Building a classroom connection while teaching virtually is a difficult task. Now more than ever, our students need to focus on social-emotional learning and connecting with others.
How can we connect with our students and create a classroom community from a distance? Thankfully teachers are great at thinking outside the box!
The following activities are here to help your students focus on connection, gratitude and being part of a community.
1. Daily Gratitude
According to kidshealth.org, students who take time to focus on things they are grateful for increase their ability to learn and make good decisions. They are also happier and less stressed because they feel more connected with people.
In a time of uncertainty and loneliness, it is especially important for us to find things in our daily lives to be grateful for. Starting the year with a daily gratitude journal writing at the end of the day is a great way for students to reflect on things they are thankful for.
If you work with younger students, you can draw a picture or record their thoughts in a video. Another option is to have a gratitude class page where everyone adds daily gratitudes.
2. Peer Connection Ideas
One of the biggest downsides to online schooling is creating peer connections. Social-emotional learning in elementary school helps children understand relationships with peers, manage emotions, and develop a sense of self. The big question this year will be – How do we develop relationships among students outside of the traditional classrooms?
Phone a Friend – In a time where video chat and texting is the preferred method of communication, it is important to teach kids the basics of telephone etiquette. Phone conversations with classmates is a wonderful opportunity for students to learn more about each other and practice basic communication skills.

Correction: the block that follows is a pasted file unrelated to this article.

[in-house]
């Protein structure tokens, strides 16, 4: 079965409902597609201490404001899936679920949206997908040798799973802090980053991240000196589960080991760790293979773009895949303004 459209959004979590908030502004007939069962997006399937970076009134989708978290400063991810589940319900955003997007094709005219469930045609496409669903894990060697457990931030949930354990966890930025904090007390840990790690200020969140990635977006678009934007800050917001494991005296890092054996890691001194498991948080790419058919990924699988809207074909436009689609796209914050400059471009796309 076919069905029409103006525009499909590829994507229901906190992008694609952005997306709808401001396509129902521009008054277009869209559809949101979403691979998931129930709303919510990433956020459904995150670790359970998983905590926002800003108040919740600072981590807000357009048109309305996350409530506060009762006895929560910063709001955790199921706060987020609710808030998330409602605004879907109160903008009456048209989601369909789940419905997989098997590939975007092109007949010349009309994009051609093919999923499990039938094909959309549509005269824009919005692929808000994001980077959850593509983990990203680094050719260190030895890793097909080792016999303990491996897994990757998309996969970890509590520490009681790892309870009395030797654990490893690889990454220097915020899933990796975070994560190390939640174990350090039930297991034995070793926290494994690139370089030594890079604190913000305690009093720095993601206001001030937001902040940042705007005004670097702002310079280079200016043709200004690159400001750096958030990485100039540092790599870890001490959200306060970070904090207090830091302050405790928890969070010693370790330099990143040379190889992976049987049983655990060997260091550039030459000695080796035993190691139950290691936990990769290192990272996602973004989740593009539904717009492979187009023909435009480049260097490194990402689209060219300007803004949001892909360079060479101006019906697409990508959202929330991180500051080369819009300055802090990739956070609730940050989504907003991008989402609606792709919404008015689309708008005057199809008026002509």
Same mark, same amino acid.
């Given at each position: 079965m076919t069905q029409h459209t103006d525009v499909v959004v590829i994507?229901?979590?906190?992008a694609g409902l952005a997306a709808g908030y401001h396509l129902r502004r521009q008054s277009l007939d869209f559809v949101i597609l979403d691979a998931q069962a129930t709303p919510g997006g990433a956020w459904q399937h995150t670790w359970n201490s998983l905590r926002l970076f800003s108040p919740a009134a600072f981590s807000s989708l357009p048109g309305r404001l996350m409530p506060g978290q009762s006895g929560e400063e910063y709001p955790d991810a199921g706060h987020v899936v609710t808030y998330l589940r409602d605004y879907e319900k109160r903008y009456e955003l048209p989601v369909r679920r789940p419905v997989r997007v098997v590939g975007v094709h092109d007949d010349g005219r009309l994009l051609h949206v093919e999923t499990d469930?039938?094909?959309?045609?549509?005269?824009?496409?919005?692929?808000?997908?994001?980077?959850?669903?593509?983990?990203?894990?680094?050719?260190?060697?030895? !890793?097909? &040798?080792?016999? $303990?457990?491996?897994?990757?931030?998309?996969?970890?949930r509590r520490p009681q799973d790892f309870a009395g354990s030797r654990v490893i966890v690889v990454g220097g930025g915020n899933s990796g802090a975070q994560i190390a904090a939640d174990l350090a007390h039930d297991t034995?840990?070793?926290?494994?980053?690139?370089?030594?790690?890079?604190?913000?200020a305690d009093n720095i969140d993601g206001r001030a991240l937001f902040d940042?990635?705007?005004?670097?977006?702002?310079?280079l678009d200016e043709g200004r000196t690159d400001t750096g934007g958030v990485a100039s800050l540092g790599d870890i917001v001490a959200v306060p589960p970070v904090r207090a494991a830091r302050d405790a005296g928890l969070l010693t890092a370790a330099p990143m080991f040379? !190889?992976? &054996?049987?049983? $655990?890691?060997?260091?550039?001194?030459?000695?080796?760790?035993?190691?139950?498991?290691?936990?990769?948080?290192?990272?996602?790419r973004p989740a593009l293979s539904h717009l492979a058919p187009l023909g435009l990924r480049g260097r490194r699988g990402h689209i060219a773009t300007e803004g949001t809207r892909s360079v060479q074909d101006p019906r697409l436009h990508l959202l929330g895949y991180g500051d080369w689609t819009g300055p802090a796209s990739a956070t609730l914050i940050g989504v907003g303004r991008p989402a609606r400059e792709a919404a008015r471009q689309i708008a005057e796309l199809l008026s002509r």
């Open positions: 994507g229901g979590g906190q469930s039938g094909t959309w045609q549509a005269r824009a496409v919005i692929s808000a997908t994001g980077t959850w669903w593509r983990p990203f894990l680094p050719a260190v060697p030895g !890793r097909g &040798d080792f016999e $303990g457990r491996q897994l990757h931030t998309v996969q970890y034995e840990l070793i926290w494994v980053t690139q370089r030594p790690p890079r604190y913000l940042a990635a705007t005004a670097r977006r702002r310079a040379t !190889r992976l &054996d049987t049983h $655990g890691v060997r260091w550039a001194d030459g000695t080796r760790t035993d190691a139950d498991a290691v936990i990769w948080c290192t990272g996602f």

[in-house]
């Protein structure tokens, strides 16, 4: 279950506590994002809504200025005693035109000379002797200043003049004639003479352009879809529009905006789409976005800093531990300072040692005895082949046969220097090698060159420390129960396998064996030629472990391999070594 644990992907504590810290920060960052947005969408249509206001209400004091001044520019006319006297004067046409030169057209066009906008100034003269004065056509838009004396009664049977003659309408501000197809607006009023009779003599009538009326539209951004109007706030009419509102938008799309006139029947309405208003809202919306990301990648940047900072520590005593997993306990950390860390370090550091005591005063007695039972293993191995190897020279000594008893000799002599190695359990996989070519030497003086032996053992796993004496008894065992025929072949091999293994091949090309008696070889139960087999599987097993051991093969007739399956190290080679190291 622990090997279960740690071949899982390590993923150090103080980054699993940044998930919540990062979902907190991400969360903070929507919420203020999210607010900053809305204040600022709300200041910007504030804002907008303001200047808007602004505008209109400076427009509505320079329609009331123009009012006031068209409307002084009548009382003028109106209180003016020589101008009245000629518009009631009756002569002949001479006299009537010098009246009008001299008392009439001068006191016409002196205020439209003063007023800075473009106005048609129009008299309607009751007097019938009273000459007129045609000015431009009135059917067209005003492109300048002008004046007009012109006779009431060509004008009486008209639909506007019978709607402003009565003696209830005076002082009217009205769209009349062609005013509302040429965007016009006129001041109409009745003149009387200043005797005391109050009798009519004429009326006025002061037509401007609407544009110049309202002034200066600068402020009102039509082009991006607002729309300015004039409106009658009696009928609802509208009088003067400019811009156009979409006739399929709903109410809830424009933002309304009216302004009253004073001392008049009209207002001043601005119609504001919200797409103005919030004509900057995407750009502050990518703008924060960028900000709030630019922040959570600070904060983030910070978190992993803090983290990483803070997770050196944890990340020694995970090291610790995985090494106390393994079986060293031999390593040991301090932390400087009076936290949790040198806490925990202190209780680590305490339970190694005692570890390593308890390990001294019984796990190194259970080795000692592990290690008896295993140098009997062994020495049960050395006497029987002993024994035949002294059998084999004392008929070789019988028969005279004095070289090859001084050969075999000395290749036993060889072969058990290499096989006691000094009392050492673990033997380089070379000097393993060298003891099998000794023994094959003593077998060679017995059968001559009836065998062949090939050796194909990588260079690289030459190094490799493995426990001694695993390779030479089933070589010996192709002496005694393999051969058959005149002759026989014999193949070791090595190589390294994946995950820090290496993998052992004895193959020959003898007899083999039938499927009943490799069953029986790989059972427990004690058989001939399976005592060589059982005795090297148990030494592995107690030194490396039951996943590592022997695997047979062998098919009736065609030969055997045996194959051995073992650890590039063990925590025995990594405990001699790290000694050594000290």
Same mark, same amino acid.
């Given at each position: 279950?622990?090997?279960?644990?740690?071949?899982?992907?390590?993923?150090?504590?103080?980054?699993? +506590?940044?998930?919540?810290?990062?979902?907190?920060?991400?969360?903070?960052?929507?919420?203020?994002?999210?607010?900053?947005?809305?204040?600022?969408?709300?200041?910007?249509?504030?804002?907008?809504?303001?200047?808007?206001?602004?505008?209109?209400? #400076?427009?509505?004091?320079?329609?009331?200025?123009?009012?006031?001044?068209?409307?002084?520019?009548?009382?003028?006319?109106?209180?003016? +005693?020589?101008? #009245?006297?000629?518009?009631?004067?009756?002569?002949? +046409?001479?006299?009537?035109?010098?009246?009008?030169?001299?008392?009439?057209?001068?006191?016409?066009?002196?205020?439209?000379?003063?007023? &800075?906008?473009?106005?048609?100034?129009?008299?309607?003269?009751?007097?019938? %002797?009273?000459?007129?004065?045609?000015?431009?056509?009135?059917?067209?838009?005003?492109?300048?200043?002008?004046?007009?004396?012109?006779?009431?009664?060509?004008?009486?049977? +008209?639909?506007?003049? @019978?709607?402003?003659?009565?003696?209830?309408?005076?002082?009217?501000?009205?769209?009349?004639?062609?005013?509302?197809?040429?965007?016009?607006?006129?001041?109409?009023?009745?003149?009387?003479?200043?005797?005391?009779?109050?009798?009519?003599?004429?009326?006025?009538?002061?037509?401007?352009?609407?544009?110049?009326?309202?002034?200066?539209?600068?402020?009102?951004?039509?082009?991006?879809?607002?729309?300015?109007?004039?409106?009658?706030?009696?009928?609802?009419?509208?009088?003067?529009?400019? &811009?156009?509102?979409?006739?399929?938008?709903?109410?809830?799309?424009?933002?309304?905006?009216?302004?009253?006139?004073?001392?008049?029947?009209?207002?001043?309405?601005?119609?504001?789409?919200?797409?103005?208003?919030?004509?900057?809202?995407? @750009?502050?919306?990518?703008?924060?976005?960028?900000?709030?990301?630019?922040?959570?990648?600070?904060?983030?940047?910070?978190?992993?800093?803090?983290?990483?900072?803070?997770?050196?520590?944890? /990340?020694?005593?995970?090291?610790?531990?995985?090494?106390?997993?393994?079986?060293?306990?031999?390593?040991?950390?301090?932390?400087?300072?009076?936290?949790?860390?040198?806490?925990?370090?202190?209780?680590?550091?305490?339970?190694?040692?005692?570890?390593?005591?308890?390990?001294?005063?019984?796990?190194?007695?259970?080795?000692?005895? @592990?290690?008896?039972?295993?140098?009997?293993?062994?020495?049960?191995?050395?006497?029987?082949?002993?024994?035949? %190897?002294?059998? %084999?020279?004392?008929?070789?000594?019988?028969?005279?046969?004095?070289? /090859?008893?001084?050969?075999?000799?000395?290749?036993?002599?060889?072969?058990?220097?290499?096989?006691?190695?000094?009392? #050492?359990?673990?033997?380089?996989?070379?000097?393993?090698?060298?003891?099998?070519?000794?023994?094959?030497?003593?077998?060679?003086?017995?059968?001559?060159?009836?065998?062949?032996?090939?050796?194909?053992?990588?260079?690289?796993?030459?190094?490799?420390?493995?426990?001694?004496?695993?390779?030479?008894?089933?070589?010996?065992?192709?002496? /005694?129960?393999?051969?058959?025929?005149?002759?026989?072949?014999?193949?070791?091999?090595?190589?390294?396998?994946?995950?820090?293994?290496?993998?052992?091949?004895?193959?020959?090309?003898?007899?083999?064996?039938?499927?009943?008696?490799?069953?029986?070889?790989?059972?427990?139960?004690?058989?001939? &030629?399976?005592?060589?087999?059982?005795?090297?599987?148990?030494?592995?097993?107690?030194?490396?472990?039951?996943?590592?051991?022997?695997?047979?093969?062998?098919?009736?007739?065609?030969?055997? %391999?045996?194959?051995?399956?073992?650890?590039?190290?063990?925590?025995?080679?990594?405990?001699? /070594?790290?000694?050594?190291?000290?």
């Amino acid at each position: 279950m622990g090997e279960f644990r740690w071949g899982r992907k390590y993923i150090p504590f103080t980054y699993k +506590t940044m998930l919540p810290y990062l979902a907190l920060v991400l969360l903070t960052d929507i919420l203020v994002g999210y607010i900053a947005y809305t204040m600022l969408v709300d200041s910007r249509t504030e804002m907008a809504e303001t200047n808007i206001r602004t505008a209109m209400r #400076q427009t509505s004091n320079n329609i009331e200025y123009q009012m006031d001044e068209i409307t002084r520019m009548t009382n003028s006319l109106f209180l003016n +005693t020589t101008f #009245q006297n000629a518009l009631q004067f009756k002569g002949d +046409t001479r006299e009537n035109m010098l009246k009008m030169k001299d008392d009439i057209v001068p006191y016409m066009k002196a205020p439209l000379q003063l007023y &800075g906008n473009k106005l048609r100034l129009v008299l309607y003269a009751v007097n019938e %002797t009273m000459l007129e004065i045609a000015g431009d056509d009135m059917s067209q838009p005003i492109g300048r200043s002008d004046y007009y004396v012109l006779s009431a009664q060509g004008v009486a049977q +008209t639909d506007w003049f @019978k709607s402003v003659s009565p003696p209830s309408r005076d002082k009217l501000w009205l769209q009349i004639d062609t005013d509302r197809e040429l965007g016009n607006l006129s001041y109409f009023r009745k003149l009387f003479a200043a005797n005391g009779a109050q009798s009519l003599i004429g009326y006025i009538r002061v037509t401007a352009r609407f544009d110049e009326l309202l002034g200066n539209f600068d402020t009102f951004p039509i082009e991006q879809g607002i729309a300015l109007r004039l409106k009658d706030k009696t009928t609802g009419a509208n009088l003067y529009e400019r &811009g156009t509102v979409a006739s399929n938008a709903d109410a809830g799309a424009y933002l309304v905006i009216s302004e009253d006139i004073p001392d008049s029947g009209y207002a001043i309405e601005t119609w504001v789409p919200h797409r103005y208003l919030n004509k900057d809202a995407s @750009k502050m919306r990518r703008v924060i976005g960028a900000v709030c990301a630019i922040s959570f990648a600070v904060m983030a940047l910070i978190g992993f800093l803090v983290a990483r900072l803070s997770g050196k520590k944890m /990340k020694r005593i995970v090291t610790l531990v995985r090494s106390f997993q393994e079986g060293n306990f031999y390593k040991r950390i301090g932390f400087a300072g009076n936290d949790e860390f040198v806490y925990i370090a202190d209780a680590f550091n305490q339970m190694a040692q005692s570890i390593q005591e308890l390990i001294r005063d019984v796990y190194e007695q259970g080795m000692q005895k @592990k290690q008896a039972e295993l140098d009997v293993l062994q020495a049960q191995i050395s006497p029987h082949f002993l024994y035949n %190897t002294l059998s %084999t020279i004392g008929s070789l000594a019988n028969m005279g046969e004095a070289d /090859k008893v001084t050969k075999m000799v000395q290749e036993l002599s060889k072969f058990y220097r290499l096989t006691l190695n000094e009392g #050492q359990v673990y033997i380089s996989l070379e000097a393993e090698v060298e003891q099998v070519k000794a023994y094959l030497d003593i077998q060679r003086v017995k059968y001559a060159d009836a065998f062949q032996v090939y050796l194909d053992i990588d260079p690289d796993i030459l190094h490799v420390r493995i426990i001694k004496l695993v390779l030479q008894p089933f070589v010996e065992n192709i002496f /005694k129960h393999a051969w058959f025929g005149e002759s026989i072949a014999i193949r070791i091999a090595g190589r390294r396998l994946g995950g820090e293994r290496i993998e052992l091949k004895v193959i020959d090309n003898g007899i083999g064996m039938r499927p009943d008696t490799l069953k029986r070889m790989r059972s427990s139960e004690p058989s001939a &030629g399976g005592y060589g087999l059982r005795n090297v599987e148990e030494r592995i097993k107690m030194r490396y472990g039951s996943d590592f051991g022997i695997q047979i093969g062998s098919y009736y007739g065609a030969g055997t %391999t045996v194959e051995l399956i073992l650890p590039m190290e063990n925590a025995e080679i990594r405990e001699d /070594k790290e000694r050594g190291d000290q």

Tips for Classroom Phone Connections
- Discuss what to say when you call a friend.
- As a whole group, brainstorm some questions they can ask the friend
- Assign 2-3 phone buddies for each student
- Create a parent letter to inform parents about this activity.
Penpals – Not only will classroom penpals help students connect, but it is also a great way to help kids work on their writing skills!
Create Classroom Connection Groups – Providing unstructured time for kids to chat throughout the week with classmates will help create those bonds that are normally developed in the classroom.
Tips for Classroom Discussion Groups
- Have an adult facilitate the group to make sure the discussions are appropriate for school.
- Leave the topics and structure of the meeting open-ended.
- Let the students lead the conversation.
3. Feelings Calendar
Helping children identify how they are feeling is an important part of social-emotional learning. Start each day with an emotional check-in.
As a result of daily check-ins, you will have more insight into how your students are managing their feelings during this difficult time.
4. Social Stories
Social Stories are simple stories that illustrate a certain problem or situation and how people deal with them.
5. Growth Mindset Journal